Yee-haw ... DOMA is dead!
- 7Jun 26, '13 by heronhttp://www.huffingtonpost.com/2013/0...n_3454811.html
WASHINGTON -- The Defense of Marriage Act, the law barring the federal government from recognizing same-sex marriages legalized by the states, is unconstitutional, the Supreme Court ruled Wednesday by a 5-4 vote.
- 3Jun 26, '13 by DoGoodThenGoJust to be clear, only the section of DOMA dealing with restricting federal benefits to same sex married couples was struck down. The remaining parts of the act/law are still in effect.
Still all and all a good day for rule of law.
- 2Jun 26, '13 by herring_RN GuideExcerpts from Supreme Court gay marriage rulings
... — "DOMA instructs all federal officials, and indeed all persons with whom same-sex couples interact, including their own children, that their marriage is less worthy than the marriages of others. The federal statute is invalid, for no legitimate purpose overcomes the purpose and effect to disparage and to injure those whom the state, by its marriage laws, sought to protect in personhood and dignity. By seeking to displace this protection and treating those persons as living in marriages less respected than others, the federal statute is in violation of the Fifth Amendment."
— "What has been explained to this point should more than suffice to establish that the principal purpose and the necessary effect of this law are to demean those persons who are in a lawful same-sex marriage. This requires the court to hold, as it now does, that DOMA is unconstitutional as a deprivation of the liberty of the person protected by the Fifth Amendment of the Constitution."
— "DOMA's unusual deviation from the usual tradition of recognizing and accepting state definitions of marriage here operates to deprive same-sex couples of the benefits and responsibilities that come with the federal recognition of their marriages. This is strong evidence of a law having the purpose and effect of disapproval of that class. The avowed purpose and practical effect of the law here in question are to impose a disadvantage, a separate status, and so a stigma upon all who enter into same-sex marriages made lawful by the unquestioned authority of the states."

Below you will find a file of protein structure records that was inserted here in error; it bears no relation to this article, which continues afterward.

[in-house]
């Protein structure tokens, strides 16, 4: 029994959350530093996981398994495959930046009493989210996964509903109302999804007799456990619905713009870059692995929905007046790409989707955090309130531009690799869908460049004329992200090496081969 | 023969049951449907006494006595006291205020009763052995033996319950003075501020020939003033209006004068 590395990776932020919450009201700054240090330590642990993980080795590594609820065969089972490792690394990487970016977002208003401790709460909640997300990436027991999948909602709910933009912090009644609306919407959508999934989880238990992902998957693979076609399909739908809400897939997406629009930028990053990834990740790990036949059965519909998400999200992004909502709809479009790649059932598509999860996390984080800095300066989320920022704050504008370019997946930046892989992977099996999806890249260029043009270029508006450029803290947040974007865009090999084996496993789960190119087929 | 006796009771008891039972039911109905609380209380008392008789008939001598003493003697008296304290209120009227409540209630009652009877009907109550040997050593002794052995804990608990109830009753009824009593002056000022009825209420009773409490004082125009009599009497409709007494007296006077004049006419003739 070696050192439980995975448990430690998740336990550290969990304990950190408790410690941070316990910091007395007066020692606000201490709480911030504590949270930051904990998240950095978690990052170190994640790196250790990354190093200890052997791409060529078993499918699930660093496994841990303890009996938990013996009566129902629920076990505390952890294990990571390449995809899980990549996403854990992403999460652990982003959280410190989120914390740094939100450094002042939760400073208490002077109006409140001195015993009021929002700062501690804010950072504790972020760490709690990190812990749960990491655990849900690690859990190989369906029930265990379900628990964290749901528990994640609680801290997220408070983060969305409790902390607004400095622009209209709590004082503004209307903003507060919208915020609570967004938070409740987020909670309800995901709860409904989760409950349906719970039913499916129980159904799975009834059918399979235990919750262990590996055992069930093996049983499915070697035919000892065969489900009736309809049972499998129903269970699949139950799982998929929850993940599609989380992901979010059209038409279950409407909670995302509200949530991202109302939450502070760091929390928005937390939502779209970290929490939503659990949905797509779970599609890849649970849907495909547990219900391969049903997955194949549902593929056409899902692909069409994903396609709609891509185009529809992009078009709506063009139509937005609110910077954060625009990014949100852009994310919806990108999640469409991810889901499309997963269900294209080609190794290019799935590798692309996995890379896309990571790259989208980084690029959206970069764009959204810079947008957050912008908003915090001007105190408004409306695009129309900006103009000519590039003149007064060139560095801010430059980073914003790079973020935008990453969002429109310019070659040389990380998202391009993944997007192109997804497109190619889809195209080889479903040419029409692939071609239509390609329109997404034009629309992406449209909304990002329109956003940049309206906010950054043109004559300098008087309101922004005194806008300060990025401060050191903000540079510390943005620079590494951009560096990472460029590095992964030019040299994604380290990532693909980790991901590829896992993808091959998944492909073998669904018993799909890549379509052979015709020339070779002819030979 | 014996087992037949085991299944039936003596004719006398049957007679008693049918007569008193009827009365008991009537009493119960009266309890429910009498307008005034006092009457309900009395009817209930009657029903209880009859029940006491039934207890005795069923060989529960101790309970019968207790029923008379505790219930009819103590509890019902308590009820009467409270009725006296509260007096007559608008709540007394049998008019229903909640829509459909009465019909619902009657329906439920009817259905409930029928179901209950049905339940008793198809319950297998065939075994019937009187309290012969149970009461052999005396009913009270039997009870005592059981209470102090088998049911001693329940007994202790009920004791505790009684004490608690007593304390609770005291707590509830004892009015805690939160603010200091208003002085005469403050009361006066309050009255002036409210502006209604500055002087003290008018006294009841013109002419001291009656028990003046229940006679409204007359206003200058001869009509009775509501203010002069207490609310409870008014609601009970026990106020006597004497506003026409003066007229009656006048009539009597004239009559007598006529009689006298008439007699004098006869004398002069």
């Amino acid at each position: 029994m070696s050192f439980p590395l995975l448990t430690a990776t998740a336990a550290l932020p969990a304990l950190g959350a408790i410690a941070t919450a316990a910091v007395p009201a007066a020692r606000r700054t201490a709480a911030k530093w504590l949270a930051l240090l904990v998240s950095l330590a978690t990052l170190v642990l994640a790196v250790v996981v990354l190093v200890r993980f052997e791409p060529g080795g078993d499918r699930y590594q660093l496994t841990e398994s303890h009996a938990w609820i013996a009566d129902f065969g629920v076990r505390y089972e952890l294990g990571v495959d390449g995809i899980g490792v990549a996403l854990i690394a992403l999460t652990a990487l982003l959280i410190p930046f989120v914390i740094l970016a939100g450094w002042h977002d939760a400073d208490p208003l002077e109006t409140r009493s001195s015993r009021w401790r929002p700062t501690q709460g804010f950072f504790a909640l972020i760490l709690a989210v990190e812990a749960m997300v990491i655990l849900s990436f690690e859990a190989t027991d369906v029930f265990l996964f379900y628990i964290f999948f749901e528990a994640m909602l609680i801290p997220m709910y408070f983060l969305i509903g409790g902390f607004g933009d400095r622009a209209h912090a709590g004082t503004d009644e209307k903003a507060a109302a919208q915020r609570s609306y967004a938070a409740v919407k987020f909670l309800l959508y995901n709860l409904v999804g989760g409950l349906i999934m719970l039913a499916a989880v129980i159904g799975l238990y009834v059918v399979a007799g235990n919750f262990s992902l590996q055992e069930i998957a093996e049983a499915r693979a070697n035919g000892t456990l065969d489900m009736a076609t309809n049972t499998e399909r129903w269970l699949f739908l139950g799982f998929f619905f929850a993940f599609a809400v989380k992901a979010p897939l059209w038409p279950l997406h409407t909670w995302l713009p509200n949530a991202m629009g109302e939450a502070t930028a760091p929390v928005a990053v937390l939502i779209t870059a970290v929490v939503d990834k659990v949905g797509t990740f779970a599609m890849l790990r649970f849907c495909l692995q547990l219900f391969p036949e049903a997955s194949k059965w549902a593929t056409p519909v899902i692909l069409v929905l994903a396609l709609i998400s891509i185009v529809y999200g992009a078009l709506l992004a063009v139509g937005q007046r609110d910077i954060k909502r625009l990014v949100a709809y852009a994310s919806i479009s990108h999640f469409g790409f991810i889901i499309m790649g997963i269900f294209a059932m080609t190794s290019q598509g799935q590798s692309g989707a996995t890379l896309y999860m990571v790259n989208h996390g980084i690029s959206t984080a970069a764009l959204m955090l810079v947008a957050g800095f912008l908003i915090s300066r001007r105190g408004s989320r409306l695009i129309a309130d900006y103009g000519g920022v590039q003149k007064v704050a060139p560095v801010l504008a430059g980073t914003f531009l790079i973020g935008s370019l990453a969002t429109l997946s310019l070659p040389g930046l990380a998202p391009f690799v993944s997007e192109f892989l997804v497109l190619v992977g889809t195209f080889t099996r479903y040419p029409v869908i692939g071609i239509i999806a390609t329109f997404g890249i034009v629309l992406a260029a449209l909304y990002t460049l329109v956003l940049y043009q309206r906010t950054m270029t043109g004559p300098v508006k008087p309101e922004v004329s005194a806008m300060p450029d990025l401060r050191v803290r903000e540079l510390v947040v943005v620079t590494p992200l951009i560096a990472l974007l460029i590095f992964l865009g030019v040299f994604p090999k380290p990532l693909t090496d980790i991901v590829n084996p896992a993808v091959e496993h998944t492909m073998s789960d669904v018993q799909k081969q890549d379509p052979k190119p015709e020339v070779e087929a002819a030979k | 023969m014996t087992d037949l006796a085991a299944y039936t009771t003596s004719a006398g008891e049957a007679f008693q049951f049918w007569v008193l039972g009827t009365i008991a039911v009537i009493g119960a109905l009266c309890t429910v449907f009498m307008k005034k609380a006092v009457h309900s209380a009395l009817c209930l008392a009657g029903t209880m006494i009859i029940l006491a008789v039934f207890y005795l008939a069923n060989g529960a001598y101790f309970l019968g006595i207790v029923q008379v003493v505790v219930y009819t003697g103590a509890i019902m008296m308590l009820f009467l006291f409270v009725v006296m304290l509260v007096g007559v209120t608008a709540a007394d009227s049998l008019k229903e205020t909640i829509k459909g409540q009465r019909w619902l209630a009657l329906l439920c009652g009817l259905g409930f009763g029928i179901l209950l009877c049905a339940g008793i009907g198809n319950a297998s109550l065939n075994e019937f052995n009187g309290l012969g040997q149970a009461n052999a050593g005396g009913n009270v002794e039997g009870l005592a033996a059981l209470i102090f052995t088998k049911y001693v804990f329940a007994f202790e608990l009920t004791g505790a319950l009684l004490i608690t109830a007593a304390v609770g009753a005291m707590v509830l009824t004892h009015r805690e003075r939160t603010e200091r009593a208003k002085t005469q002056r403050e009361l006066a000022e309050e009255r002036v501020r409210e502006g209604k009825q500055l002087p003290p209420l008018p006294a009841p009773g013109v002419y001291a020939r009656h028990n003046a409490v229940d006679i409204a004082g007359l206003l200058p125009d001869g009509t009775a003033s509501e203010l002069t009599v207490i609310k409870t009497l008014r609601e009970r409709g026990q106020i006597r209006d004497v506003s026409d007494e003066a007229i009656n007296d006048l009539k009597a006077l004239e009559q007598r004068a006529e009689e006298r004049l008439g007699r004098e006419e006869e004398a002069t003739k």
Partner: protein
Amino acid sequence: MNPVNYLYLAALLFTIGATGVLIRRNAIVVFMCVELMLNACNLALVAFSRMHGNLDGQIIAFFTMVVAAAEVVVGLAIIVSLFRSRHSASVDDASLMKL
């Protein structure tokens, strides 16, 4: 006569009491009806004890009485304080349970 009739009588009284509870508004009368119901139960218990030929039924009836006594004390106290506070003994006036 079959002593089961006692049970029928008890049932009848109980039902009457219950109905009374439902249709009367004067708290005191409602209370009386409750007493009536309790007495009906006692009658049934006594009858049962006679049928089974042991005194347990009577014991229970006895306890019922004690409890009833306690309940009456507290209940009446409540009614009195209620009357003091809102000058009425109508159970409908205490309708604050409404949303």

— "The power the Constitution grants it also restrains. And though Congress has great authority to design laws to fit its own conception of sound national policy, it cannot deny the liberty protected by the Due Process Clause of the Fifth Amendment. "
Read more: Excerpts from Supreme Court gay marriage rulings (text) - Associated Press - POLITICO.com
- 2Jun 26, '13 by DoGoodThenGoMuch of DOMA was dead when San Francisco began marrying same sex couples and a further nail driven into that coffin when MA changed it's marriage laws. Once one state (now eleven or twelve depending upon how you look at things) made gay marriage legal the ground shifted.
Unlike say France or Spain where marriage laws are decided by a central government, the United States leaves the matter to states. Indeed the issue never was "gay marriage" per se but the rights and benefits enjoyed by straight married couples and by extension their children. The last bit you see referred to over and over again; you cannot say children born of one legal marriage are more worthy than those of an other. So you either have to scrap all the benefits or hand them out equally, end of story. Those that wrote and passed DOMA couldn't possibly know how the world would look today with so many gay men and women as parents of either their own biological children and or adopted. Each time those children apply for any sort of federal benefit they are (or were) classified as "different".
Of course the larger issue is what happens in future to the one thousand and four hundred some odd benefits the federal government bestows on married couples. Many of these came out of an era when women were chattel and did what they were told, in return they were dependent upon men (usually their husbands) for their economic security. This system under some current federal schemes vastly benefits certain women (those that marry well and have limited to little of their own), over those that work their entire lives but remain unmarried.
- 1Jun 26, '13 by KelRN215A great day, indeed. Part of me feels that the ruling on Prop 8 was a cop out and that we missed an opportunity to declare all same sex marriage bans unconstitutional but another part of me does have to agree with the majority that the Prop 8 supporters had no standing on which to appeal the lower court's decision when the state had no intention of doing so.
Part of me was also kinda hoping that we would declare Prop 8 out and out unconstitutional and invalidate all gay marriage bans in that ruling and that the South would secede again.
- 1Jun 26, '13 by sharpeimom GuideA great day! Now my three cousins and many friends' marriages can be as legal as mine.
Now we just have to strongarm the remaining twelve states into changing their collective minds. PA is so ****** conservative, with what my Southern husband refers to as "footwashing Baptists" at the helm, that it will be awhile and take a great deal of persuasion
to change enough minds to pass it.
Before hoards of Baptists line up to come after us, he uses that term because he was a high school student, there was a very conservative Baptist church down the street and when the boys and girls would un down the street to the football field as part
of phys ed class, the members would offer to wash their feet so they'd be "real" Christians instead of heathens.
- 3Jun 27, '13 by VivaLasViejas GuideI was so stoked to hear about this first thing this morning!! Now my son and his dear partner will be able to get married like they should've been permitted to do 2 years ago when they decided to make it permanent. I am ECSTATIC for them both, and for all Americans, gay and straight, who love freedom!
It's morning in America once again.